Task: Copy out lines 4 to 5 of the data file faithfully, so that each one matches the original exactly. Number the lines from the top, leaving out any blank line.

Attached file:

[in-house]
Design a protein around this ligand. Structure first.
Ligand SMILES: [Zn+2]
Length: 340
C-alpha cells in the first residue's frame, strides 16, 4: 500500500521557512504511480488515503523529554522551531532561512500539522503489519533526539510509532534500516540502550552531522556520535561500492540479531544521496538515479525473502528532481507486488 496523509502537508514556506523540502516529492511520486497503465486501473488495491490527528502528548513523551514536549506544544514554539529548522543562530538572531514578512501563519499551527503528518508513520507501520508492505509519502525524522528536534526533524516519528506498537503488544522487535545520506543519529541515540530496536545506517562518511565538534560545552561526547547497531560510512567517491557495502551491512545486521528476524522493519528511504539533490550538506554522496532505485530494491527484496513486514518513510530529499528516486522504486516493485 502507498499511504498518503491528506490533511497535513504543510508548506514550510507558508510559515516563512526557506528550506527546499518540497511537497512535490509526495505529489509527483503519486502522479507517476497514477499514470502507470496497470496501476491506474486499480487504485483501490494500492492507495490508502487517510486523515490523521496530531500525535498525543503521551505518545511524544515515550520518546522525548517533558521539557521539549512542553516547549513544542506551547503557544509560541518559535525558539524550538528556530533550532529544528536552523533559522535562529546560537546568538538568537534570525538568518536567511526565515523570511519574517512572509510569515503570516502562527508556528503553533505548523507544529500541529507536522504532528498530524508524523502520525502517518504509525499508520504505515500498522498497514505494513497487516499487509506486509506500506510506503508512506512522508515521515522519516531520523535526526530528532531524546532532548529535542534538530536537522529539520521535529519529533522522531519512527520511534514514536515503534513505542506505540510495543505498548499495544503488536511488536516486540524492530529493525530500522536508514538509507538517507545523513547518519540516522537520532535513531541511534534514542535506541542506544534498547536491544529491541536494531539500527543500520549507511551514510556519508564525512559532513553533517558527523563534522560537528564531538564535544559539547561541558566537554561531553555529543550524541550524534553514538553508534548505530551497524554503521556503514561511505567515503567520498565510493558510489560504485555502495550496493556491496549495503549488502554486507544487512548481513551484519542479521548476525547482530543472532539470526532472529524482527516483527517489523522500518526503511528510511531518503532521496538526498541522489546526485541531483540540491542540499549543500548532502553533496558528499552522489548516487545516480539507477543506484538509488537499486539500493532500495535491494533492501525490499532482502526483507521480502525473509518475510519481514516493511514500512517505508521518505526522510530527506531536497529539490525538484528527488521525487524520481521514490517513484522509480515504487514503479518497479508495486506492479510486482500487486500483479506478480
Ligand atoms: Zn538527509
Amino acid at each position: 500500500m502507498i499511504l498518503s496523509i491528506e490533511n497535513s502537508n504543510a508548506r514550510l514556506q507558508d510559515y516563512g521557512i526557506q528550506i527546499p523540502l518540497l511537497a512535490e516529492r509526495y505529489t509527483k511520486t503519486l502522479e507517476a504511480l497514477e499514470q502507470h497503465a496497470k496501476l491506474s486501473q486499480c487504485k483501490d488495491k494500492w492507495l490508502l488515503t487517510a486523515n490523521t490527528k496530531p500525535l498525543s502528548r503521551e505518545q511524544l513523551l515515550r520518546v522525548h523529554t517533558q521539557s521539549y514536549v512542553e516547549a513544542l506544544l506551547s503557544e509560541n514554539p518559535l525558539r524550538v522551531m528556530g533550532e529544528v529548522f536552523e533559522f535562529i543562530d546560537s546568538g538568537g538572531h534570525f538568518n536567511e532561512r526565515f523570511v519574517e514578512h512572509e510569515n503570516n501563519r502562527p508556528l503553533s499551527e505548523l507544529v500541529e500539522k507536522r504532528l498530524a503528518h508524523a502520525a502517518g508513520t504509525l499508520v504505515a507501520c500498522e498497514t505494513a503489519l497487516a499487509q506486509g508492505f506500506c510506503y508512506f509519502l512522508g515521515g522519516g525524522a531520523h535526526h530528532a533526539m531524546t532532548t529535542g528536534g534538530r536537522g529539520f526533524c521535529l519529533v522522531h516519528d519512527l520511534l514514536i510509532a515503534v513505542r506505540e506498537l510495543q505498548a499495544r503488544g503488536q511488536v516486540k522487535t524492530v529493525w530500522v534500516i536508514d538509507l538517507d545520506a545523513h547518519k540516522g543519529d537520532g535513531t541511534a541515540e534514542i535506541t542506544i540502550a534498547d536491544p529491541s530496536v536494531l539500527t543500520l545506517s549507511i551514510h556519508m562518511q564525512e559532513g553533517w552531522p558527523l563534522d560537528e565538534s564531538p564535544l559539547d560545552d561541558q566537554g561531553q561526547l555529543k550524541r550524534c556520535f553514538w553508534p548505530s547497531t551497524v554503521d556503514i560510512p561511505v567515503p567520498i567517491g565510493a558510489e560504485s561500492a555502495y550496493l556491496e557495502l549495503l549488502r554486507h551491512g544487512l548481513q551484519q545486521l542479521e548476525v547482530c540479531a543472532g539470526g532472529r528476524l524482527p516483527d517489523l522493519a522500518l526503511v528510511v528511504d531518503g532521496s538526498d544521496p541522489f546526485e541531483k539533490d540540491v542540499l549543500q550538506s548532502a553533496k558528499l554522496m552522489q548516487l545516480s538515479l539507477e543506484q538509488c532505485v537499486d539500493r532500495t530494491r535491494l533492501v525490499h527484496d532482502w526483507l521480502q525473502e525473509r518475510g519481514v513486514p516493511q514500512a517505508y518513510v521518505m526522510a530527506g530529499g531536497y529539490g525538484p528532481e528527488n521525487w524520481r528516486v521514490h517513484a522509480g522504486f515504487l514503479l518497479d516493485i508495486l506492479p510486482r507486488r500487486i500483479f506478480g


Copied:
Length: 340
C-alpha cells in the first residue's frame, strides 16, 4: 500500500521557512504511480488515503523529554522551531532561512500539522503489519533526539510509532534500516540502550552531522556520535561500492540479531544521496538515479525473502528532481507486488 496523509502537508514556506523540502516529492511520486497503465486501473488495491490527528502528548513523551514536549506544544514554539529548522543562530538572531514578512501563519499551527503528518508513520507501520508492505509519502525524522528536534526533524516519528506498537503488544522487535545520506543519529541515540530496536545506517562518511565538534560545552561526547547497531560510512567517491557495502551491512545486521528476524522493519528511504539533490550538506554522496532505485530494491527484496513486514518513510530529499528516486522504486516493485 502507498499511504498518503491528506490533511497535513504543510508548506514550510507558508510559515516563512526557506528550506527546499518540497511537497512535490509526495505529489509527483503519486502522479507517476497514477499514470502507470496497470496501476491506474486499480487504485483501490494500492492507495490508502487517510486523515490523521496530531500525535498525543503521551505518545511524544515515550520518546522525548517533558521539557521539549512542553516547549513544542506551547503557544509560541518559535525558539524550538528556530533550532529544528536552523533559522535562529546560537546568538538568537534570525538568518536567511526565515523570511519574517512572509510569515503570516502562527508556528503553533505548523507544529500541529507536522504532528498530524508524523502520525502517518504509525499508520504505515500498522498497514505494513497487516499487509506486509506500506510506503508512506512522508515521515522519516531520523535526526530528532531524546532532548529535542534538530536537522529539520521535529519529533522522531519512527520511534514514536515503534513505542506505540510495543505498548499495544503488536511488536516486540524492530529493525530500522536508514538509507538517507545523513547518519540516522537520532535513531541511534534514542535506541542506544534498547536491544529491541536494531539500527543500520549507511551514510556519508564525512559532513553533517558527523563534522560537528564531538564535544559539547561541558566537554561531553555529543550524541550524534553514538553508534548505530551497524554503521556503514561511505567515503567520498565510493558510489560504485555502495550496493556491496549495503549488502554486507544487512548481513551484519542479521548476525547482530543472532539470526532472529524482527516483527517489523522500518526503511528510511531518503532521496538526498541522489546526485541531483540540491542540499549543500548532502553533496558528499552522489548516487545516480539507477543506484538509488537499486539500493532500495535491494533492501525490499532482502526483507521480502525473509518475510519481514516493511514500512517505508521518505526522510530527506531536497529539490525538484528527488521525487524520481521514490517513484522509480515504487514503479518497479508495486506492479510486482500487486500483479506478480